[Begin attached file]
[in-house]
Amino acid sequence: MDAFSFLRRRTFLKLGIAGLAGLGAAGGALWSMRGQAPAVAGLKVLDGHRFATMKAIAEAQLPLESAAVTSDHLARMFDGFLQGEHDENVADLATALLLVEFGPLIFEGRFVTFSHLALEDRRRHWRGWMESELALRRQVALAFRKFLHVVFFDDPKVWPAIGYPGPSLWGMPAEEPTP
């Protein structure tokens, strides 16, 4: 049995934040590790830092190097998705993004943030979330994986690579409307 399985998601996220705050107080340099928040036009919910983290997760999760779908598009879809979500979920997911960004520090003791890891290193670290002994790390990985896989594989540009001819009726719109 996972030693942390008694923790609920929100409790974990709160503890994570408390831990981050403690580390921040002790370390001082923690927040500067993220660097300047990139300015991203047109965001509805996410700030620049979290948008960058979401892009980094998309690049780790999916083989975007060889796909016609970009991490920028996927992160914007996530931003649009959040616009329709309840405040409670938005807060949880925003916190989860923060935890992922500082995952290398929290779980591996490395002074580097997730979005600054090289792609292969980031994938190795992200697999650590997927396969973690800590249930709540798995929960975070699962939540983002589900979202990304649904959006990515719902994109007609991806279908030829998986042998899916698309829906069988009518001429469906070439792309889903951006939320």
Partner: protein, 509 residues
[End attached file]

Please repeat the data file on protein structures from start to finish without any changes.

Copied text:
[in-house]
Amino acid sequence: MDAFSFLRRRTFLKLGIAGLAGLGAAGGALWSMRGQAPAVAGLKVLDGHRFATMKAIAEAQLPLESAAVTSDHLARMFDGFLQGEHDENVADLATALLLVEFGPLIFEGRFVTFSHLALEDRRRHWRGWMESELALRRQVALAFRKFLHVVFFDDPKVWPAIGYPGPSLWGMPAEEPTP
């Protein structure tokens, strides 16, 4: 049995934040590790830092190097998705993004943030979330994986690579409307 399985998601996220705050107080340099928040036009919910983290997760999760779908598009879809979500979920997911960004520090003791890891290193670290002994790390990985896989594989540009001819009726719109 996972030693942390008694923790609920929100409790974990709160503890994570408390831990981050403690580390921040002790370390001082923690927040500067993220660097300047990139300015991203047109965001509805996410700030620049979290948008960058979401892009980094998309690049780790999916083989975007060889796909016609970009991490920028996927992160914007996530931003649009959040616009329709309840405040409670938005807060949880925003916190989860923060935890992922500082995952290398929290779980591996490395002074580097997730979005600054090289792609292969980031994938190795992200697999650590997927396969973690800590249930709540798995929960975070699962939540983002589900979202990304649904959006990515719902994109007609991806279908030829998986042998899916698309829906069988009518001429469906070439792309889903951006939320």
Partner: protein, 509 residues